There was so much hope that Guice would be able to prove himself this time around and convince the Redskins he could be their go-to option for the future, and when he dominated the Panthers for 129 yards and two scores, his long-discussed talent and potential popped.

But with a torn ACL, a torn meniscus and a sprained MCL already in the NFL, the franchise can't move forward with him as their surefire No. 1 back. This was the season where he could've seized the job, yet instead, indications are he'll need to be grouped together with other pieces.

Elsewhere in the backfield, Chris Thompson very well could be playing in his last three games for Washington. The 29-year-old is incredibly helpful in a lot of ways, but he, too, has difficulty staying on the field. After seven campaigns with the organization, it might be time for both sides to move on.

Then there's Bryce Love, the team's fourth-rounder who's essentially been redshirted as a rookie. The Stanford product has to show that he can recover from his own knee struggles — he had another surgery on it in late October — but he's got a lot of speed and should be more than ready to be a factor in 2020.

Oddly enough, Adrian Peterson has yet again been the steadiest running back for the Redskins. After Jay Gruden's decision to sit him for the opener, the 34-year-old has rebounded and shown he still can be a valuable asset. He's under contract and seems like a logical choice to keep in town for one more season. 

So, when added all together, the team has quite a few questions at running back. They've got to decide whom to trust out of a crop that includes someone who's super-skilled but often dinged up, a mainstay who could be on his way out, a totally unproven draft selection and an aging but still useful veteran, while also considering possibly acquiring other bodies.

Coming into 2019, RB looked like an area of strength for the Redskins. Now, nearing the end of 2019, it appears to be an area of mystery.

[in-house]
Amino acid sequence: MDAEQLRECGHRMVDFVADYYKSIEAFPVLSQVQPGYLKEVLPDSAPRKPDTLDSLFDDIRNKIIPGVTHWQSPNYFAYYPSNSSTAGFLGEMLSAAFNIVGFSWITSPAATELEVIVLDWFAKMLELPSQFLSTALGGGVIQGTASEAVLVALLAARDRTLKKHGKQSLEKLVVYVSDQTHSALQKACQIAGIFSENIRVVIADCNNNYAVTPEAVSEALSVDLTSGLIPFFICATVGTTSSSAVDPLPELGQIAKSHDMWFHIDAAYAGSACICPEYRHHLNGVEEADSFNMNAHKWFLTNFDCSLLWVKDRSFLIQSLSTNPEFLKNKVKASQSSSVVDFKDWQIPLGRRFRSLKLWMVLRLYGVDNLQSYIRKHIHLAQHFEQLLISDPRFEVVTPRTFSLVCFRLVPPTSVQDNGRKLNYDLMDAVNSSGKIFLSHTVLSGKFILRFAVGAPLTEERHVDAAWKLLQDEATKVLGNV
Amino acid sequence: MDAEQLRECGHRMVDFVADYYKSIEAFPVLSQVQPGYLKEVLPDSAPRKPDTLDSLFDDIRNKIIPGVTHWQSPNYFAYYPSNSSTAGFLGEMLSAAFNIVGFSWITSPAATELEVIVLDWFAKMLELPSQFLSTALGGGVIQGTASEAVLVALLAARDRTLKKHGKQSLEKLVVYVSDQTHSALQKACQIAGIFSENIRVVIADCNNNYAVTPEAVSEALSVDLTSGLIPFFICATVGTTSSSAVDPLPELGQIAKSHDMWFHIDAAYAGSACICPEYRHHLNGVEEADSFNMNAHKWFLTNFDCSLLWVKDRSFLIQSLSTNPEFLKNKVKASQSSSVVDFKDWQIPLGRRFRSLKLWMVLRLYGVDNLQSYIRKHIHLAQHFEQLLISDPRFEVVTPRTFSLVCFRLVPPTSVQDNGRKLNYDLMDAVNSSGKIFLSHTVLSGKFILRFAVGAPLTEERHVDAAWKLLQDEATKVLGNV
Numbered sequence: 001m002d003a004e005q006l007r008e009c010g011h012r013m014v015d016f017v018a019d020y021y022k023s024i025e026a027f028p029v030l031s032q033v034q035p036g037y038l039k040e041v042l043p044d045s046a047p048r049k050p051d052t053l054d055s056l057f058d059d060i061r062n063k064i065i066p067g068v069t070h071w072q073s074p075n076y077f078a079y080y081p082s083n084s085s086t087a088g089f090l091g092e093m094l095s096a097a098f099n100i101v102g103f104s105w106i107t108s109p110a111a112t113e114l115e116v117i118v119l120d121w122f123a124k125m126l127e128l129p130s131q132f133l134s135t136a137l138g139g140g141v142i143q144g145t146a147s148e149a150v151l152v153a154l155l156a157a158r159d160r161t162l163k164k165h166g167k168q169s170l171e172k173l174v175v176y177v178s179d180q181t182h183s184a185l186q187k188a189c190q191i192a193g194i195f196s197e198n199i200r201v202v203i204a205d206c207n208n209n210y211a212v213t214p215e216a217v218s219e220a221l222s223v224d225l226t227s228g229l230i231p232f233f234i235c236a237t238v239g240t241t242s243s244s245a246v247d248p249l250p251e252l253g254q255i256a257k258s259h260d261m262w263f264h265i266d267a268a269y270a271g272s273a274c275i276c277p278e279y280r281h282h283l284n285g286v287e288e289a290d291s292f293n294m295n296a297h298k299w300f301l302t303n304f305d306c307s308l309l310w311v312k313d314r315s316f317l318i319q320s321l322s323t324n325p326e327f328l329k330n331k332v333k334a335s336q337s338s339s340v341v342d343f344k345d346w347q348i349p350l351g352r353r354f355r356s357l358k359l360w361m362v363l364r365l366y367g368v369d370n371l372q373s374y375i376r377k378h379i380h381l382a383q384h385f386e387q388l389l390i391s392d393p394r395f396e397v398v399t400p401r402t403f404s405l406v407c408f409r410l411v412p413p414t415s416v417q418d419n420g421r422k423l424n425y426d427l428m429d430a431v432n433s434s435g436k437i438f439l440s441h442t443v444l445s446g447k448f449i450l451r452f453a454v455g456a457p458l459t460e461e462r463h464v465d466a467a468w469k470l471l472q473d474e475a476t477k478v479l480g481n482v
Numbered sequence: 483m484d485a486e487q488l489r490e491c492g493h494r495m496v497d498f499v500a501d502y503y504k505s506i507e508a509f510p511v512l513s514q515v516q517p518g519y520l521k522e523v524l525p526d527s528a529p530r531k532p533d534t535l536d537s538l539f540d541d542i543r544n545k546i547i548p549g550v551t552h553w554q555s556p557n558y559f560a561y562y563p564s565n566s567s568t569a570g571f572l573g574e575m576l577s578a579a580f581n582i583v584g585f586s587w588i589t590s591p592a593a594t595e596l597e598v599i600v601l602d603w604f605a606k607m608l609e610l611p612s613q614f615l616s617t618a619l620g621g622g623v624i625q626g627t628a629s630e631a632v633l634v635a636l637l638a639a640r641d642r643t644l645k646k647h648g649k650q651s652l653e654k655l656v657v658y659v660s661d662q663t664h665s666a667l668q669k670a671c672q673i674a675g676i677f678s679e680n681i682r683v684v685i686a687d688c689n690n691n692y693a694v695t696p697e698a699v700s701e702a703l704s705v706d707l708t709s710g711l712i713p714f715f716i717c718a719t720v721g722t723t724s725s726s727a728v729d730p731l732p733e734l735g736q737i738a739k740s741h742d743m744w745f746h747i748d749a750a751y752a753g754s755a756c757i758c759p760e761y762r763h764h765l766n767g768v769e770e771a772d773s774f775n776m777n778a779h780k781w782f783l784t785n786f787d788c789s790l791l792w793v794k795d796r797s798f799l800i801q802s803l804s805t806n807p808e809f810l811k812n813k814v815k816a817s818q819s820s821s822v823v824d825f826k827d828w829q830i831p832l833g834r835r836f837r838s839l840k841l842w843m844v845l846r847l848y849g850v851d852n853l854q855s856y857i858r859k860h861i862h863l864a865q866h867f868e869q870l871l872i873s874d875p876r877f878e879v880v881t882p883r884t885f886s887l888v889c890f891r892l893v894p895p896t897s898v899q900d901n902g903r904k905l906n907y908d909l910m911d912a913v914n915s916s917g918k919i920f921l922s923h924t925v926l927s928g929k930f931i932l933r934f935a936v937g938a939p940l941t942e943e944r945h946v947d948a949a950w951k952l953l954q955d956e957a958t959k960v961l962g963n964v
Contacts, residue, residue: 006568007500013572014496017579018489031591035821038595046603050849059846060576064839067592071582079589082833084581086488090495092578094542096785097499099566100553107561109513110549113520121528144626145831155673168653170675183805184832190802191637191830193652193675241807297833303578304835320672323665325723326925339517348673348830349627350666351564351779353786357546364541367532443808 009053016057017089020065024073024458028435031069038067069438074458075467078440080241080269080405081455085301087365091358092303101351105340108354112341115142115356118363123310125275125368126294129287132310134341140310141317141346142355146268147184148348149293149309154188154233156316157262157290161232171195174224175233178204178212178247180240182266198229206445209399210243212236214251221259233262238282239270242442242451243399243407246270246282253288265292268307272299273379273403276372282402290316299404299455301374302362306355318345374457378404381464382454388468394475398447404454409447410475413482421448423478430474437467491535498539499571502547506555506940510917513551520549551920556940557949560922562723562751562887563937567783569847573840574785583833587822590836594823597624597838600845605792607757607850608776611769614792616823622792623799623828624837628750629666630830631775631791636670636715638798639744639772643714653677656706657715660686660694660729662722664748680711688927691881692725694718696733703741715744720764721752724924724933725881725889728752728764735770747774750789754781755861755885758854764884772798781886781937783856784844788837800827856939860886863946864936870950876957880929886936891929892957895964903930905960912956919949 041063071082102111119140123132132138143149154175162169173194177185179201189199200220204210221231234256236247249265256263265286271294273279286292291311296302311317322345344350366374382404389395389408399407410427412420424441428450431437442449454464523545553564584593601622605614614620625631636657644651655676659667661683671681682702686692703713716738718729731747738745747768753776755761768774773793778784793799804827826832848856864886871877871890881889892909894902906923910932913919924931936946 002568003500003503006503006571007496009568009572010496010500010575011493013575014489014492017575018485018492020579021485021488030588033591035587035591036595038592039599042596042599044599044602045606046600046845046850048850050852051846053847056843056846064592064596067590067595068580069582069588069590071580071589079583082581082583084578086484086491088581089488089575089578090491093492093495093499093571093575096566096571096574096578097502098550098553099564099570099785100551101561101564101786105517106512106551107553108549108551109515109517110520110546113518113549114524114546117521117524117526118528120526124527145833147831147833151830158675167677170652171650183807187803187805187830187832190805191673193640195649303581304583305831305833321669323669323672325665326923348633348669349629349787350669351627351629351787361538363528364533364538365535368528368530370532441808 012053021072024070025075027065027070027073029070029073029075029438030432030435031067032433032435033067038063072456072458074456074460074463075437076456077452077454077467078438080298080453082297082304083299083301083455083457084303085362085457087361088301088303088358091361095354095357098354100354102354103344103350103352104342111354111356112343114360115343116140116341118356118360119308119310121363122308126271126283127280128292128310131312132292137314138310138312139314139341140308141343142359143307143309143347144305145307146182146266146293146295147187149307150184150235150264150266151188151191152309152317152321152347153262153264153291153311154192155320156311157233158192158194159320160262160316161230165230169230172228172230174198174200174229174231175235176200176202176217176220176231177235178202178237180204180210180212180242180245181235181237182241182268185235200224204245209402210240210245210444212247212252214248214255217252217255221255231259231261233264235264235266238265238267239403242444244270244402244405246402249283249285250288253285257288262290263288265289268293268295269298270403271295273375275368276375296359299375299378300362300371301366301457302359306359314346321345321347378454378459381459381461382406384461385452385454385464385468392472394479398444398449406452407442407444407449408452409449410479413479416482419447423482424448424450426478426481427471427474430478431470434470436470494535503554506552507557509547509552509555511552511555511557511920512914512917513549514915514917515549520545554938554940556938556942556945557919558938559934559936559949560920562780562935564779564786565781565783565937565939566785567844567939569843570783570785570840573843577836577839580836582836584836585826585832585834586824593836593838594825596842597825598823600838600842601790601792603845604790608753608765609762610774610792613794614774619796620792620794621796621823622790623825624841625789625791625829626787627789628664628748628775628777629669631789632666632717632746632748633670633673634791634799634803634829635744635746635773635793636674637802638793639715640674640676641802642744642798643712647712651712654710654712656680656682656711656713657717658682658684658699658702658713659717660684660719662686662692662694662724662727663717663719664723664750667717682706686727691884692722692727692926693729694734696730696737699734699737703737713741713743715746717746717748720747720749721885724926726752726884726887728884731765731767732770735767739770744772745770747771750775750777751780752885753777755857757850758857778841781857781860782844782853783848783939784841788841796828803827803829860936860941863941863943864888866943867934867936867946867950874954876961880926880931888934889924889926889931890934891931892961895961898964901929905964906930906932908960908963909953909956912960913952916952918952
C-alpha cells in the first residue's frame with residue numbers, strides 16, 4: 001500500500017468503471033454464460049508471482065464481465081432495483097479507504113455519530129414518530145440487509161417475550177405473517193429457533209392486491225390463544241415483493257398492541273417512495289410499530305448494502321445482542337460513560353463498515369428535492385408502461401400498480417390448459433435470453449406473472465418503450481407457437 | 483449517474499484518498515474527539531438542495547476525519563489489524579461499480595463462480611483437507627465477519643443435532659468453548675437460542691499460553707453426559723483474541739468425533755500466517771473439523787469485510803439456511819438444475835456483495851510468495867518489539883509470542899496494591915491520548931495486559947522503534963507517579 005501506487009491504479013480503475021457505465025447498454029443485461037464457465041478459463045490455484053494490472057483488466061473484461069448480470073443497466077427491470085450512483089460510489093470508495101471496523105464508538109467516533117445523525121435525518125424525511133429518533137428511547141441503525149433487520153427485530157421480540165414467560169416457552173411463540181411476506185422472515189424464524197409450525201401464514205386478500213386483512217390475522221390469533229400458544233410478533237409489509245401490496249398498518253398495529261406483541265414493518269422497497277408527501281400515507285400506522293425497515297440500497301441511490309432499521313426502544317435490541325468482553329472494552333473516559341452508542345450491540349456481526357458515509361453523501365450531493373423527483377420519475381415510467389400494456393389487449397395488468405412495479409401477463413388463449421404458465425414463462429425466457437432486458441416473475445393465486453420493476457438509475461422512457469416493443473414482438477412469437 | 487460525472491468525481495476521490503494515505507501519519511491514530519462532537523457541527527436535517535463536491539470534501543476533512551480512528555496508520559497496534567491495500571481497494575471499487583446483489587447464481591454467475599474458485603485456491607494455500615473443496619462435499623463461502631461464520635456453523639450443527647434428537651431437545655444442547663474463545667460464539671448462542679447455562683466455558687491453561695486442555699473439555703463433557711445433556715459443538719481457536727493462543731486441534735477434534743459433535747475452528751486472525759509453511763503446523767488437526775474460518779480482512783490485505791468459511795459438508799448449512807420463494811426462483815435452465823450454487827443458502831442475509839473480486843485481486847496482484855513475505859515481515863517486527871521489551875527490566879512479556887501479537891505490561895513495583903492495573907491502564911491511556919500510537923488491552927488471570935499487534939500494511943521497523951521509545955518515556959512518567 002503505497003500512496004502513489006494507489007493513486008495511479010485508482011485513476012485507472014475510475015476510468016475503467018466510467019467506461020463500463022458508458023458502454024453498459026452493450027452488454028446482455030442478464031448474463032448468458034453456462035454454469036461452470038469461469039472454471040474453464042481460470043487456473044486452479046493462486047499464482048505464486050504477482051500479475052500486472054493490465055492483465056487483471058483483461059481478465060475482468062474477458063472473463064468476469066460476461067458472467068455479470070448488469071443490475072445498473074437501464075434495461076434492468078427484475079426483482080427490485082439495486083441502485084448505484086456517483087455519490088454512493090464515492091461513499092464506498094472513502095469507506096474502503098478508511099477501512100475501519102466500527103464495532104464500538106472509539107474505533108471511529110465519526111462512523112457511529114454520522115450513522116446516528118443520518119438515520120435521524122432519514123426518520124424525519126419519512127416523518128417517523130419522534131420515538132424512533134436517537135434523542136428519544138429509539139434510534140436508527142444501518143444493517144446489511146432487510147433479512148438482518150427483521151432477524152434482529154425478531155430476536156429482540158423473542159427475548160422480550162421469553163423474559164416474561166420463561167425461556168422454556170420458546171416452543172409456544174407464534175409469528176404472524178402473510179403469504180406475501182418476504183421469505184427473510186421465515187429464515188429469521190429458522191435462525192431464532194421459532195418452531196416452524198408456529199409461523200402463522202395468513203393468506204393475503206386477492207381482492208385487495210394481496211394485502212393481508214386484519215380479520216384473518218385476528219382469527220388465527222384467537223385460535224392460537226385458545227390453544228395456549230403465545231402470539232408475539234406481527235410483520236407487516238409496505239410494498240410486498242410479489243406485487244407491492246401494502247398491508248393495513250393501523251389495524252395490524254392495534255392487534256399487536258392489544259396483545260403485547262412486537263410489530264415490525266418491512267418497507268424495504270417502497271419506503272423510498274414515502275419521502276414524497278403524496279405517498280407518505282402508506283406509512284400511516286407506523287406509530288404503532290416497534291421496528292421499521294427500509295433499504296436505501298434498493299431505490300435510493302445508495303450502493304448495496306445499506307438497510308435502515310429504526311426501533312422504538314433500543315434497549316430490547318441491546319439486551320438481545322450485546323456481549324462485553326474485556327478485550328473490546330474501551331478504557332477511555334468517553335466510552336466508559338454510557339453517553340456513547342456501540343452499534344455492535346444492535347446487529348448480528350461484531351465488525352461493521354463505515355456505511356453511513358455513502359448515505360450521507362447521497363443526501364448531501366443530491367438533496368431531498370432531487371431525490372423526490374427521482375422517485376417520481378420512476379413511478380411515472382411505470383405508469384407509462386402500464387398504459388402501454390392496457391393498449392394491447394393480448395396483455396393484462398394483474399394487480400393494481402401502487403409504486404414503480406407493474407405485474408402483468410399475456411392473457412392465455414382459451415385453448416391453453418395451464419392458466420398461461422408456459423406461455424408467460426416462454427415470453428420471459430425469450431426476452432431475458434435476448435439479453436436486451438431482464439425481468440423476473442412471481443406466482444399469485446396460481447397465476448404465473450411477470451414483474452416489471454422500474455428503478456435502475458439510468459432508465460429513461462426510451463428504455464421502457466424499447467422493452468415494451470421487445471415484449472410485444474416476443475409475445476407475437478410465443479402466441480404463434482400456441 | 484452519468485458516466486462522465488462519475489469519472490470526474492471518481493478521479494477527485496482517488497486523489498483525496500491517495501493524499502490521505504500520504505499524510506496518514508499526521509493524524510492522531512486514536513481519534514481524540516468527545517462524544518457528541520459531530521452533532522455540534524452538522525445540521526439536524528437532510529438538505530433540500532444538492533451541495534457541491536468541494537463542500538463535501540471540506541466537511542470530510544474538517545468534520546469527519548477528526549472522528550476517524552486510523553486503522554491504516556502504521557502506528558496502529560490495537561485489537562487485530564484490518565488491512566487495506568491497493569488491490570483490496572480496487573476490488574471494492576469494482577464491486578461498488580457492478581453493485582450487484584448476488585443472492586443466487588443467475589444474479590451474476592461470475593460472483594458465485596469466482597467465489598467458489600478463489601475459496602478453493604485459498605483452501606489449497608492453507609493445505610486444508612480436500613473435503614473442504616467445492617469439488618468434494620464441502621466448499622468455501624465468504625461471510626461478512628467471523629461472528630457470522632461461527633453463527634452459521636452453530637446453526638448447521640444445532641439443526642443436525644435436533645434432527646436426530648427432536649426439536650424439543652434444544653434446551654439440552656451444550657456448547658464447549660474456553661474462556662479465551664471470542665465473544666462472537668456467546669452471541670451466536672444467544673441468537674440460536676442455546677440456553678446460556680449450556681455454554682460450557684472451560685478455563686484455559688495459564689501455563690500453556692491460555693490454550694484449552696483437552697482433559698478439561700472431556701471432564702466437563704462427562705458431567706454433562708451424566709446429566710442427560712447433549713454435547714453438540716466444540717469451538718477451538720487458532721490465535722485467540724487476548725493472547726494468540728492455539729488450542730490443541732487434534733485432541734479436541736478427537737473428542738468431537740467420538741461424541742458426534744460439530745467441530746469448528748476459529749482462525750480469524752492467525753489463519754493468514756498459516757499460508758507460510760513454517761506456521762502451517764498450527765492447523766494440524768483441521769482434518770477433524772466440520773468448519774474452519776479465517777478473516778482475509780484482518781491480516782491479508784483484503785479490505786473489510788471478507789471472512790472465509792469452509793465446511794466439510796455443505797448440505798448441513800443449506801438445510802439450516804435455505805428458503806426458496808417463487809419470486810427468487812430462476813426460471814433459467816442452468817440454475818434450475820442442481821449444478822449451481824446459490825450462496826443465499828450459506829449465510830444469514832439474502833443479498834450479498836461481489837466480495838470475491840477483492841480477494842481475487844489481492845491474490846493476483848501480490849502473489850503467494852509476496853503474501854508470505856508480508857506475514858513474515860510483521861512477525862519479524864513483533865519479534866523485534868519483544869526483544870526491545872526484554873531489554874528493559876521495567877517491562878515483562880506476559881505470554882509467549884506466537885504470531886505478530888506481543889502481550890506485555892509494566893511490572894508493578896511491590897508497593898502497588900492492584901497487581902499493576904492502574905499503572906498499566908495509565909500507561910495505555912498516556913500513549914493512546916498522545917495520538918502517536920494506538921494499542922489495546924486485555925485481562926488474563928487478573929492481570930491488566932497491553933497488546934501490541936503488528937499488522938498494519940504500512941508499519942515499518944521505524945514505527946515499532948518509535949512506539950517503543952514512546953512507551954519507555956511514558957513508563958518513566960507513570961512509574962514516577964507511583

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All eyes turn to Anthony Rendon at the Winter Meetings after Gerrit Cole signs

All eyes turn to Anthony Rendon at the Winter Meetings after Gerrit Cole signs

SAN DIEGO -- News of Gerrit Cole’s gargantuan contract swept through the Winter Meetings late Tuesday night. A bustling lobby temporarily stalled as everyone looked at their phones then each other. It was true. Cole signed for $325 million to play in New York. 

Which means the third -- and for all intents and purposes final -- day of the meetings will focus on Anthony Rendon. He is now the premier player available in the free agent market. Cole and Stephen Strasburg signed. Rendon should be next.

Much of Tuesday before the Cole news revolved around Rendon. Agent Scott Boras stood atop a Pelican case -- a hard box used to protect television cameras -- in front of a Boras Corp. standing backdrop. There was symmetry between Boras on the box and what it usually holds. He’s naturally drawn to camera equipment.

There, ringed by reporters who largely couldn’t hear or just watched the spectacle, Boras spoke in generalizations about Rendon’s status. Yes, several teams have inquired about Rendon. Yes, seven years is the marker for a contract. Yes, negotiations are ongoing.

Where are the Nationals in this? That is more difficult to pin down. Rendon remains a curious challenge to read in the offseason. He made jokes at the World Series about not wanting to play until he was 35. He turns 30 years old next season. Does nostalgia have pull for him, either in Washington or back in Texas? Is it simply about money?

Asked about Nationals’ managing principal owner Mark Lerner saying the team could only afford Strasburg or Rendon, Boras moved to what has become the Deferred Money Defense. Around $80 million of Strasburg’s $245 million will be put off until after his contract ends. Boras contends wiggle room now exists for the Nationals. Reminder: it’s also his job to drive the market.

“I think Mark’s comments were before the Strasburg negotiations were complete,” Boras said. “And that contract structure that Stephen did allowed certainly an opening and a consideration that probably the Nationals were available to them in their decision making. So I think it’s something that clearly opens doors for them. And when you look at their payroll structure, and the amount of money they have in the $60-$70 million range with their payroll, I think they can sign not only an Anthony Rendon but many players.”

Mike Rizzo was slightly dismissive of Boras’ take when talking to reporters inside his hotel room suite. He’s often taken the position they know Rendon better than anyone, so the amount of times both sides converse is a bit overrated.

“We’ve had conversations about Anthony throughout the process,” Rizzo said. “I don’t get my daily update from Scott, but we’re in communication, and I don’t sense anything is imminent at this point. But that was a while ago, so you never know.”

Read that back. Rizzo talked about Rendon throughout, dropped a dig at Boras, stated nothing is imminent, then countered that claim by saying “you never know.” The last time he said no movement was imminent came almost a year ago. He traded Tanner Roark a couple hours later.

Rizzo is checking on trades, Josh Donaldson and piecemeal as possible Rendon alternatives. There is no equivalent player remaining on the market. So, a transaction involving him is now imminent, to borrow a word. It’s just a question of where.